August 5, 2008
Listen to Audio (5 min.)
Please note: These files can be quite large. Allow some time for them to download.
My name is Marie-Claude Julsaint. I'm with the World YWCA [Young Women's Christian Association] in Geneva, Switzerland. I'm the program director for the Americas and the Caribbean region.
What are you presenting here today in the poster session?
How do you educate children who are experiencing sexual violence? Who gets educated? Is it parents or children? How does that work?
The information goes out to everyone, but we focus mostly on young people, and also the parents, and women because the YWCA works with women and girls, in general. Also, only 31% of the cases get reported because of the fear and stigma surrounding sexual assault on the island. We need to get the information out there, so that people feel open about speaking out about what they've experienced and getting proper counseling.
Can you tell me why the sexual assault rates are so dramatically high among this population? One in four girls, one in six boys and only 31% reported cases seem like very high rates. Do you have any idea why that's the case?
I think when we look at the conditions, social economic conditions, in terms of lack of employment and poverty -- because this is a vulnerable population -- I think those are some of the reasons why violence is so high.
Did you find that there were any particular risk factors, where children of certain economic backgrounds, or certain ethnic backgrounds, were more or less at risk?
It is true that the indigenous population on the island is, I would say, the most vulnerable population in terms of sexual assault. So yes, the work of the YWCA targets this population.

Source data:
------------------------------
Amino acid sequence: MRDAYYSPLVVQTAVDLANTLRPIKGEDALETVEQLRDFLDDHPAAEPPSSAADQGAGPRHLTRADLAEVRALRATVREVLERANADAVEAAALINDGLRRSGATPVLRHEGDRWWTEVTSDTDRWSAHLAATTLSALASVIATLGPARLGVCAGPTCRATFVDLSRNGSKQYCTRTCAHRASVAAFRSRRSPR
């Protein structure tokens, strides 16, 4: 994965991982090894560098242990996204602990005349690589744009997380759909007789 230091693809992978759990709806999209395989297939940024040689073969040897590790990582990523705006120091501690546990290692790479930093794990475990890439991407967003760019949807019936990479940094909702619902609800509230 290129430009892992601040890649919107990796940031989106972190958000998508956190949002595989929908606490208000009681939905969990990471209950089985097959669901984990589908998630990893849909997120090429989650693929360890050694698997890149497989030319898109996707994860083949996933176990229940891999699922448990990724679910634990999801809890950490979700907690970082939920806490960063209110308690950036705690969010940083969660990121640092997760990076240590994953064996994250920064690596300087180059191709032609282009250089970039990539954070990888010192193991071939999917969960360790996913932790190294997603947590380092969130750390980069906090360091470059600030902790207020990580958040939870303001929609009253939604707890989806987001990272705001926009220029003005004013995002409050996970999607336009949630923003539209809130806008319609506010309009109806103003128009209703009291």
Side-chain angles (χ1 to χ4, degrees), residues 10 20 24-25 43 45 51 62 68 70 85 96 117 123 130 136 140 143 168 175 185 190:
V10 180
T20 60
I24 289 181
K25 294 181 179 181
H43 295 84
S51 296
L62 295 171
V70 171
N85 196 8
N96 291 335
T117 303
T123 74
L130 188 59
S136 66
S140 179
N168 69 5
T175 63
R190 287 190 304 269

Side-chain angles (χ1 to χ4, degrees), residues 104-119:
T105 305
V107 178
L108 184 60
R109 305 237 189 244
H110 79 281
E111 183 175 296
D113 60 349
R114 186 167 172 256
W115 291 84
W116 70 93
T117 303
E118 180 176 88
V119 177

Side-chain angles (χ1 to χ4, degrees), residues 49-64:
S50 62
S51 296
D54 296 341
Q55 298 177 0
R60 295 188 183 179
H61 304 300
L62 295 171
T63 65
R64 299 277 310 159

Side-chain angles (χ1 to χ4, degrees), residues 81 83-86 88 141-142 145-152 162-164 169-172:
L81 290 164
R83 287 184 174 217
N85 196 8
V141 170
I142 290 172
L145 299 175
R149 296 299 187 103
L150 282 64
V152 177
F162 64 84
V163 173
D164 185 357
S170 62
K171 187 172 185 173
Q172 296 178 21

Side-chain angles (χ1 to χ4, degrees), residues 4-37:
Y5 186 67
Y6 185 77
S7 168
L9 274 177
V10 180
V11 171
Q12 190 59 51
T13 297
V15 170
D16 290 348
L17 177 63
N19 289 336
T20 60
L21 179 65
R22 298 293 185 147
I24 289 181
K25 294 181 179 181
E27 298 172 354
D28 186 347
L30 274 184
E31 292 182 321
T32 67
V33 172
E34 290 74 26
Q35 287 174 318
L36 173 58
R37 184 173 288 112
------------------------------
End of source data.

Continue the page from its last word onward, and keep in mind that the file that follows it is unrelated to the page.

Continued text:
How was the prevention information disseminated?
Because we're working with adolescents, young people, the prevention work is done through theater, dance, and activities of the sort that would attract young people -- doing it in a fun way.
What is the age group?
The age group is between 15 and 24.
Can you give me an example of what a typical program would look like and how that would incorporate both HIV prevention and assault prevention?
To be totally honest, YWCA has just recently integrated the HIV prevention work into the domestic violence and sexual assault work that they've been doing for many years. This has been done in partnership with Malama Pono, an organization that does a lot of HIV information. This is how we've been working -- with programs that already exist in the communities that people are familiar with. We have been working in partnership with other organizations that have more expertise in HIV prevention.
Why is it useful to combine these programs? What is the connection between childhood sexual assault and HIV infection?
We know that there are links between HIV infection and violence, whether it's violence against women, sexual violence or domestic violence. It's important to give that information, first of all, to prevent HIV; but also, those that have been victims of sexual assault need to know that they can have counseling and testing.
Because people who are victims of sexual assault, you're saying, might be at greater risk of acquiring HIV as adults?
Thank you so much.
This transcript has been lightly edited for clarity.
No comments have been made.
|Please note: Knowledge about HIV changes rapidly. Note the date of this summary's publication, and before treating patients or employing any therapies described in these materials, verify all information independently. If you are a patient, please consult a doctor or other medical professional before acting on any of the information presented in this summary. For a complete listing of our most recent conference coverage, click here.|